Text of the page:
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MWMG Pediatrics

Health Care

Beating Breast Cancer….One Step at a Time

April 2, 2007. My pager went off in a meeting. I knew who it was from even before I looked at the message. It was the call I had been waiting for all weekend.

Somehow I think I knew what the message would be. A week prior I had found a lump. At first I told myself it was just residual bruising from walking into an open car door. But my gut gnawed at me to have it looked at sooner rather than later. Two days after my doctor’s visit, I had a mammogram and ultrasound. Friday of that week I had my biopsy.

The Diagnosis

I placed the return call…”Your biopsy was positive…lobular carcinoma…invasive….” I hung up the phone and just sat at my desk staring at the pictures of my husband and four children; the youngest only 4 years old, the oldest out on his own, a daughter in college, and the third child just entering high school. Her volleyball team had just won an invitation to the USA Volleyball Juniors National Championship. Life had been very good to us. I was 47, had annual mammograms – all normal and no family history of breast cancer. How could this be? I called my husband at work and told him…dead silence for what seemed like an eternity. I don’t remember crying that day. I remember thinking, “It is what it is…now I need a plan to get through it.” I cried that night after everyone had gone to bed. It was then that I realized I needed to be in control to get through this journey and that feeling sorry for myself was not beneficial.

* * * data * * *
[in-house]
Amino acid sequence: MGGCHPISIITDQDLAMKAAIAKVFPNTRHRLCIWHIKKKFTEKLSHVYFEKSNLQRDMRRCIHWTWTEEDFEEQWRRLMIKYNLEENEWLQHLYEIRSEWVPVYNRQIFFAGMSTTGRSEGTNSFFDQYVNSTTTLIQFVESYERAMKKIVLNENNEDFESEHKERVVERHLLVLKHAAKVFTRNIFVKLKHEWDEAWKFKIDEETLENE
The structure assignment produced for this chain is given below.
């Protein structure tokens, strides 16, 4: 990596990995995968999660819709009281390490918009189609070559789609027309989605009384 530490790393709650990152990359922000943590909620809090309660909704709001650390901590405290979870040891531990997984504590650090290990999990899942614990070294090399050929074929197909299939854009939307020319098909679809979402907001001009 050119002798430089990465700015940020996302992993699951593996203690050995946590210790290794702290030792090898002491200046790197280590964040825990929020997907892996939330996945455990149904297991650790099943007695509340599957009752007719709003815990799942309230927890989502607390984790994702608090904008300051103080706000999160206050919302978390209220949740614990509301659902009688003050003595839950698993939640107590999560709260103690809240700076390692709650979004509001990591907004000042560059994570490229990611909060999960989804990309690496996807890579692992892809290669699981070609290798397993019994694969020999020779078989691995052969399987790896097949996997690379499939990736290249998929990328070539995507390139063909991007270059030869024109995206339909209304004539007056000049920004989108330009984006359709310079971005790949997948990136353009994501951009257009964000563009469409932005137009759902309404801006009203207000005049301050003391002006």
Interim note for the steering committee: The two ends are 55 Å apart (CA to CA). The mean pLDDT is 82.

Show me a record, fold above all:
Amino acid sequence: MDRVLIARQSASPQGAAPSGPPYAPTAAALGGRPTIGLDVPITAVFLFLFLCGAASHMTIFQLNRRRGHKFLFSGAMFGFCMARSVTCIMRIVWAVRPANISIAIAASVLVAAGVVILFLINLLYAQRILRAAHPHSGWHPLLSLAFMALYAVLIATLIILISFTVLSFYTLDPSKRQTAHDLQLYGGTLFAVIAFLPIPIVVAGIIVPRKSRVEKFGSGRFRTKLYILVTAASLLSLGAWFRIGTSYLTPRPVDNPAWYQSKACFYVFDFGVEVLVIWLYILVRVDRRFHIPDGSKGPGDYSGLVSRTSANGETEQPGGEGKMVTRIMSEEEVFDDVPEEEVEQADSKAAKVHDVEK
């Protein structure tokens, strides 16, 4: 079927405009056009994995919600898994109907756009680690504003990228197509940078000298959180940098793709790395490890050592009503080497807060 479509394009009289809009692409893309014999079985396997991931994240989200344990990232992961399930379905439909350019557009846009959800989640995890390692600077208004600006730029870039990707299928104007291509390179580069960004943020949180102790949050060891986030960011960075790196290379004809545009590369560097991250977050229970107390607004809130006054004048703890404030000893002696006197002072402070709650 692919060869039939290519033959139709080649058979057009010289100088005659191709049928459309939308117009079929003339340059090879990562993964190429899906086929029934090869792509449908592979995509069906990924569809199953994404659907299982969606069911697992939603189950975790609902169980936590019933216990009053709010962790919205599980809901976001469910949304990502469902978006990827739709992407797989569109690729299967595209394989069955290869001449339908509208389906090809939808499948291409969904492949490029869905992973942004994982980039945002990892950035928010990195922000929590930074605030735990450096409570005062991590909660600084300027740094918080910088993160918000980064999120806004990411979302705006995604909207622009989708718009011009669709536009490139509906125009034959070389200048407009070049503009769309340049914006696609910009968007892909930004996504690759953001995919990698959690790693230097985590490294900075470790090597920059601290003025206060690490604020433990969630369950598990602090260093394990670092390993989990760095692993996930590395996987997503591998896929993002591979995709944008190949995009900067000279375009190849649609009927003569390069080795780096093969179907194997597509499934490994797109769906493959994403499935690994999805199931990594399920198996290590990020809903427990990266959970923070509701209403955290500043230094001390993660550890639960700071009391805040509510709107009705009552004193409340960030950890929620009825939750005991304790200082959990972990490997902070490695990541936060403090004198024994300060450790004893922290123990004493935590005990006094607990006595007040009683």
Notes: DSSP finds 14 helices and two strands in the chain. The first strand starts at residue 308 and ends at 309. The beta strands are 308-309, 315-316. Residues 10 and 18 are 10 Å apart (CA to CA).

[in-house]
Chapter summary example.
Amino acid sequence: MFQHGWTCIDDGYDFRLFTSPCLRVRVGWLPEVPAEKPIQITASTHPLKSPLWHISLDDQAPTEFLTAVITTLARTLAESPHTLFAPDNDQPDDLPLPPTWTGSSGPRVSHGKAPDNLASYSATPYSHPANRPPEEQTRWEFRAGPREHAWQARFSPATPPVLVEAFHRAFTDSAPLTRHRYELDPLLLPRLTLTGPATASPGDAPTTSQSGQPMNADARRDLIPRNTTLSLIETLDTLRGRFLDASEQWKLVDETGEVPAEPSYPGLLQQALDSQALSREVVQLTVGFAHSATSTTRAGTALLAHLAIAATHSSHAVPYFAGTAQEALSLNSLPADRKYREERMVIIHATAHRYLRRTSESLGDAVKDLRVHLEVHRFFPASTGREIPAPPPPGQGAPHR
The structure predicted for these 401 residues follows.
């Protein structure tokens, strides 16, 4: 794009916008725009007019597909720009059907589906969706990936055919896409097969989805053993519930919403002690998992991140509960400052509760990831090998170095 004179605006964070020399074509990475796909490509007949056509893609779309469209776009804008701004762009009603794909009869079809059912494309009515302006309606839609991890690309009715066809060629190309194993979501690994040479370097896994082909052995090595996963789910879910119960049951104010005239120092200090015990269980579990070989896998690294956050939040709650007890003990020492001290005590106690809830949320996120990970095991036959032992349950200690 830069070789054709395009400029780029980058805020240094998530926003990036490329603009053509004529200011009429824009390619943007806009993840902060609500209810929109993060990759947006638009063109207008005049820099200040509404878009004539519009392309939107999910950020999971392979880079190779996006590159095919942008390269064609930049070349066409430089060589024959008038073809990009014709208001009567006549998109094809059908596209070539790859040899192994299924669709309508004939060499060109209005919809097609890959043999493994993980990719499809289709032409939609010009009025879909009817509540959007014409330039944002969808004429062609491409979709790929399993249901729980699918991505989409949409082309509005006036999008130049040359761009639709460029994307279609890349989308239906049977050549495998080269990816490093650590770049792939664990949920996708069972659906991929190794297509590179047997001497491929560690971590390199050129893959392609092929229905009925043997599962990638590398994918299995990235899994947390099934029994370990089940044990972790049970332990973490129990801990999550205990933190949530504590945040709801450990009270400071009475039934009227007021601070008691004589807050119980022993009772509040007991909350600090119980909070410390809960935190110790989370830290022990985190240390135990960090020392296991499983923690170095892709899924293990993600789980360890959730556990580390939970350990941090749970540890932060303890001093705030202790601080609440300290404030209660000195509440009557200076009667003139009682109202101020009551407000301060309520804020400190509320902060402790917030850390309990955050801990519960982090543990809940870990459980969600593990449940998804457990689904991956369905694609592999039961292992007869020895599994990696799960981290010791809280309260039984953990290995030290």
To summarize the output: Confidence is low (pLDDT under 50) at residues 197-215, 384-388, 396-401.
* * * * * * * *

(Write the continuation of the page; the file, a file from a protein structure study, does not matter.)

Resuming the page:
Being a nurse, I had already walked through the “what if” in my mind. Mary Washington Hospital had started a Cancer Navigator program January 2007. The Cancer Navigator was a friend. Our conversation started, “I never thought I personally would be taking advantage of your services. Where do I go from here?” By week’s end I had met with Dr. James Daniel, the medical director of the Cancer Navigator program, the Cancer Navigator, and a surgeon. My medical care team was to include a surgeon, a medical oncologist, a plastic surgeon, and a radiation oncologist. I was ready to move and move fast.

Telling the Family

I would not formally announce my diagnosis until I had a plan in place. It was very difficult interacting with my children, family, and friends knowing that they were unaware I had breast cancer. I did not want pity; I have always been the strong one. I did not want tears; I wanted support. Breast cancer was a diagnosis….I was still very alive…and was determined to do any and everything I could to beat it. My husband and I decided that I would tell the three oldest children, “I have breast cancer…It is what it is…it’s all good…we have a plan….it will be a long journey to get through it…chemotherapy and surgery…I have very good doctors…our love and faith will get us through this…I love you.” The message to our youngest was that I was sick, but I had good doctors helping me to get better.

The Journey Begins…Keeping it Positive

My visit to the surgeon led to more diagnostic testing...a breast MRI and another biopsy of my right breast. I remember thinking, “I could start feeling sorry for myself right now that would do no good.” Harry S. Truman once said, “A pessimist makes difficulties of his opportunities, and an optimist makes opportunities of his difficulties.” My opportunity was to face the challenge head on and make every effort to beat it. My follow up appointment with the surgeon led to yet another diagnostic test, a PET scan which thankfully was negative as was the right breast biopsy. Armed with this information I was anxious to schedule my surgery and have “it” removed.

Our conversation started, “I never thought I personally would be taking advantage of your services. Where do I go from here?”

While I wanted the tumor removed as soon as possible, conversations with my medical care team and other friends that were breast cancer survivors, taught me that the best treatment option for me was not immediate surgical removal of the cancer. It was at this point that I began my quest for information about treatment alternatives.